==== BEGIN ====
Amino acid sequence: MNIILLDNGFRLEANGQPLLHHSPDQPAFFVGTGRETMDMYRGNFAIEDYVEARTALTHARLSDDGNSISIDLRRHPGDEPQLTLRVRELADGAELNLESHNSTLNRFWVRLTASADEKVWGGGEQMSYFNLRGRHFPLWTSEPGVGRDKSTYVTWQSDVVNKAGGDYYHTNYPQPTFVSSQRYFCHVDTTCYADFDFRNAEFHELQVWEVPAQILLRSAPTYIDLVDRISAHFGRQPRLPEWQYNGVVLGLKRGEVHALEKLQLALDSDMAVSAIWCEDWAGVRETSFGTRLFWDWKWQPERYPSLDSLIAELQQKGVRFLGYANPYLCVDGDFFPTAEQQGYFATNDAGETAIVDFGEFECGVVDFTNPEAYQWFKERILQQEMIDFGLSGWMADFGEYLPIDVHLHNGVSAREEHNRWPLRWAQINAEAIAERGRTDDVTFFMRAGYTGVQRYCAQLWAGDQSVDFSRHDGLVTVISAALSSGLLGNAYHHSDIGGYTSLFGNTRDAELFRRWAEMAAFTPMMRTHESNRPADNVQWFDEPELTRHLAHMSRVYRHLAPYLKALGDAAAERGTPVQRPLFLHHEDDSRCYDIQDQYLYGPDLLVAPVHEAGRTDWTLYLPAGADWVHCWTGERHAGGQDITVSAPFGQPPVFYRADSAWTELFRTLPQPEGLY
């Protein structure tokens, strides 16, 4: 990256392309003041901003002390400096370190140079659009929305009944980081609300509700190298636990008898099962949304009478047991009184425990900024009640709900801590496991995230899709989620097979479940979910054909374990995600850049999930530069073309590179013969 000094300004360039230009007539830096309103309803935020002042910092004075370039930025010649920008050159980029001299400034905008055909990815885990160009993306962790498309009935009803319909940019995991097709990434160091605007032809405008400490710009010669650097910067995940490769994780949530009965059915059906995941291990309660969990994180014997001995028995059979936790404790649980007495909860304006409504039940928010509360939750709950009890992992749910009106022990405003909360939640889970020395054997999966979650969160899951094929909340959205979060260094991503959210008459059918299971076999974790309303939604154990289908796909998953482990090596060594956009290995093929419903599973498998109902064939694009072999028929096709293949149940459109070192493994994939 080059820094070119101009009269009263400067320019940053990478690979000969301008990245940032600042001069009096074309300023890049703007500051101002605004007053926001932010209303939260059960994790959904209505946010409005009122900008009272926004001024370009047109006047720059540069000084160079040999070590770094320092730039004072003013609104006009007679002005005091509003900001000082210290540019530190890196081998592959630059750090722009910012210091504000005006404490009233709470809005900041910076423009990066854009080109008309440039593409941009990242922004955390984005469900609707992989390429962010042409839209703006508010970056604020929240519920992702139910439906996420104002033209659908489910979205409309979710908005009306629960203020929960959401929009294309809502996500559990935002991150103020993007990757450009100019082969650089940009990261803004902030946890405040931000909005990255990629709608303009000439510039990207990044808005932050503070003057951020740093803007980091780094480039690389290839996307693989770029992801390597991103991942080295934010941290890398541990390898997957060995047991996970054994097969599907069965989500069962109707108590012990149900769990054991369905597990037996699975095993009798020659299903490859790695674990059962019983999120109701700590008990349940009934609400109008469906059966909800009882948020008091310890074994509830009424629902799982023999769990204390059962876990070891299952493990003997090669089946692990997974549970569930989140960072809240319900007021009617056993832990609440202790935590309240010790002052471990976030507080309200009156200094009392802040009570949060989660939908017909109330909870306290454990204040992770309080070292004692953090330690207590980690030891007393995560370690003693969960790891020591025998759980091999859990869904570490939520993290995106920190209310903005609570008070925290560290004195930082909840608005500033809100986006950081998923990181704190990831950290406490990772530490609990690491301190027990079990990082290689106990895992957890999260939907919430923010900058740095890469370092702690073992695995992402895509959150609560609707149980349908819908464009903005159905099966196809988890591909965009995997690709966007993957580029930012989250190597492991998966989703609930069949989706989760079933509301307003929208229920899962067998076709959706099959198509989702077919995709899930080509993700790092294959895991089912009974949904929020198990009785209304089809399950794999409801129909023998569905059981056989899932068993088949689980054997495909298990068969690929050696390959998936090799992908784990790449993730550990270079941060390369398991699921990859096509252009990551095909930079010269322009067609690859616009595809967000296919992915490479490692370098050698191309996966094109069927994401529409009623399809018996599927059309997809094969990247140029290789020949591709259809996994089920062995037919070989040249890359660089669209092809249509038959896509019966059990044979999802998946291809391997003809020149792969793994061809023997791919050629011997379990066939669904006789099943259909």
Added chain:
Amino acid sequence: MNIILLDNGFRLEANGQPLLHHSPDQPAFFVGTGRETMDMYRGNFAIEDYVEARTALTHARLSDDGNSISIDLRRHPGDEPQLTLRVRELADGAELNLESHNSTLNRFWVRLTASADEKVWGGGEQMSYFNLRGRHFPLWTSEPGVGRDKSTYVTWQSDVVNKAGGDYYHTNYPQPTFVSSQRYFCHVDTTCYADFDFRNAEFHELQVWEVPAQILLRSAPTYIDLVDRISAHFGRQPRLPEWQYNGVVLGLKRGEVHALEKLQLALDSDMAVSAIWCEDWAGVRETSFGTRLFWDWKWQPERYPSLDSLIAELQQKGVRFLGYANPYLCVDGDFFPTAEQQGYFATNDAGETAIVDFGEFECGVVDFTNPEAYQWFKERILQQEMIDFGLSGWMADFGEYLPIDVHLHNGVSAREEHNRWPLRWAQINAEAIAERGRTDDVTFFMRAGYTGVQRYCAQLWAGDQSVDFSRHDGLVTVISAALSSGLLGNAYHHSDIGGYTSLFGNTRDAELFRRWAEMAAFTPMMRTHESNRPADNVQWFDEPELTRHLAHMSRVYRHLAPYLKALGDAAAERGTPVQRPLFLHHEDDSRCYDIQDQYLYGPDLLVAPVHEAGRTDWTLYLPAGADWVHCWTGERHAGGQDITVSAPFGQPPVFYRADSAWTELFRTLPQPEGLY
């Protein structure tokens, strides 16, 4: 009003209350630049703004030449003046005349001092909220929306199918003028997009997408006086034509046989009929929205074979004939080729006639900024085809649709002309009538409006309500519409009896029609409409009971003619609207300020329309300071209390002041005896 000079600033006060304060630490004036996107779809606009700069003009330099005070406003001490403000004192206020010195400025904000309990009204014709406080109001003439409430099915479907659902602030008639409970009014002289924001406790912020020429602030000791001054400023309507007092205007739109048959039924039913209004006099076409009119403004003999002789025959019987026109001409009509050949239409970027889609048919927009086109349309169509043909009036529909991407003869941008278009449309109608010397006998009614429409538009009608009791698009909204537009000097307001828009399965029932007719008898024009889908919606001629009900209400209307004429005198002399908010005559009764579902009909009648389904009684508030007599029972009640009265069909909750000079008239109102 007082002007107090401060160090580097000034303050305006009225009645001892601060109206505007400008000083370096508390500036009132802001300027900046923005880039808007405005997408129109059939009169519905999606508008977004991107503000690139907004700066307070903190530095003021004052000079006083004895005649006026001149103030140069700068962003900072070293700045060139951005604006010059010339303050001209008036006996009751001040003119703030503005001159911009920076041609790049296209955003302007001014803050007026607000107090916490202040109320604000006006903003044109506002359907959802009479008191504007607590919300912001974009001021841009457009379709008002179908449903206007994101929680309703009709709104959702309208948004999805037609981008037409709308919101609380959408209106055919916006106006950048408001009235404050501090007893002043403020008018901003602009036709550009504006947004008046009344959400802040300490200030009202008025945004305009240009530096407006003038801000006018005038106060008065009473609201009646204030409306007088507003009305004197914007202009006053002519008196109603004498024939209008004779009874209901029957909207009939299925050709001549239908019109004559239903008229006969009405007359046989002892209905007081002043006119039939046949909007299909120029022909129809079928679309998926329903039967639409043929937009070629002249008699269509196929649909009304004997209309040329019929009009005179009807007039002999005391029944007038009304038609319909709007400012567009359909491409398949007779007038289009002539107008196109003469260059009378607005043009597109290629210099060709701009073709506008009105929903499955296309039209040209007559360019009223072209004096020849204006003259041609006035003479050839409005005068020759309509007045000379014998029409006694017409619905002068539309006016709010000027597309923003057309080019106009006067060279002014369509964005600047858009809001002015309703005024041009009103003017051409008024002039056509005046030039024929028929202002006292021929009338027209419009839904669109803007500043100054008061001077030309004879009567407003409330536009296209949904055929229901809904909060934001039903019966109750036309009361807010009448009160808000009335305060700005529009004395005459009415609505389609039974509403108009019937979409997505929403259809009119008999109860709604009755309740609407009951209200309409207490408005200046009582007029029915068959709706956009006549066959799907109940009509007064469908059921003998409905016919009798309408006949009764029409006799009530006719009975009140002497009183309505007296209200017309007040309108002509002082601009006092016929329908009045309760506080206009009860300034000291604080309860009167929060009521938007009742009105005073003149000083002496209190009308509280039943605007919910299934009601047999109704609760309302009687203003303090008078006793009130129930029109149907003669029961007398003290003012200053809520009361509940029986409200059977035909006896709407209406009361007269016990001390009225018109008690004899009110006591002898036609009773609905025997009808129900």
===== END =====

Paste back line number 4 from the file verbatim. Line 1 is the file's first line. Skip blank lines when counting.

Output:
Amino acid sequence: MNIILLDNGFRLEANGQPLLHHSPDQPAFFVGTGRETMDMYRGNFAIEDYVEARTALTHARLSDDGNSISIDLRRHPGDEPQLTLRVRELADGAELNLESHNSTLNRFWVRLTASADEKVWGGGEQMSYFNLRGRHFPLWTSEPGVGRDKSTYVTWQSDVVNKAGGDYYHTNYPQPTFVSSQRYFCHVDTTCYADFDFRNAEFHELQVWEVPAQILLRSAPTYIDLVDRISAHFGRQPRLPEWQYNGVVLGLKRGEVHALEKLQLALDSDMAVSAIWCEDWAGVRETSFGTRLFWDWKWQPERYPSLDSLIAELQQKGVRFLGYANPYLCVDGDFFPTAEQQGYFATNDAGETAIVDFGEFECGVVDFTNPEAYQWFKERILQQEMIDFGLSGWMADFGEYLPIDVHLHNGVSAREEHNRWPLRWAQINAEAIAERGRTDDVTFFMRAGYTGVQRYCAQLWAGDQSVDFSRHDGLVTVISAALSSGLLGNAYHHSDIGGYTSLFGNTRDAELFRRWAEMAAFTPMMRTHESNRPADNVQWFDEPELTRHLAHMSRVYRHLAPYLKALGDAAAERGTPVQRPLFLHHEDDSRCYDIQDQYLYGPDLLVAPVHEAGRTDWTLYLPAGADWVHCWTGERHAGGQDITVSAPFGQPPVFYRADSAWTELFRTLPQPEGLY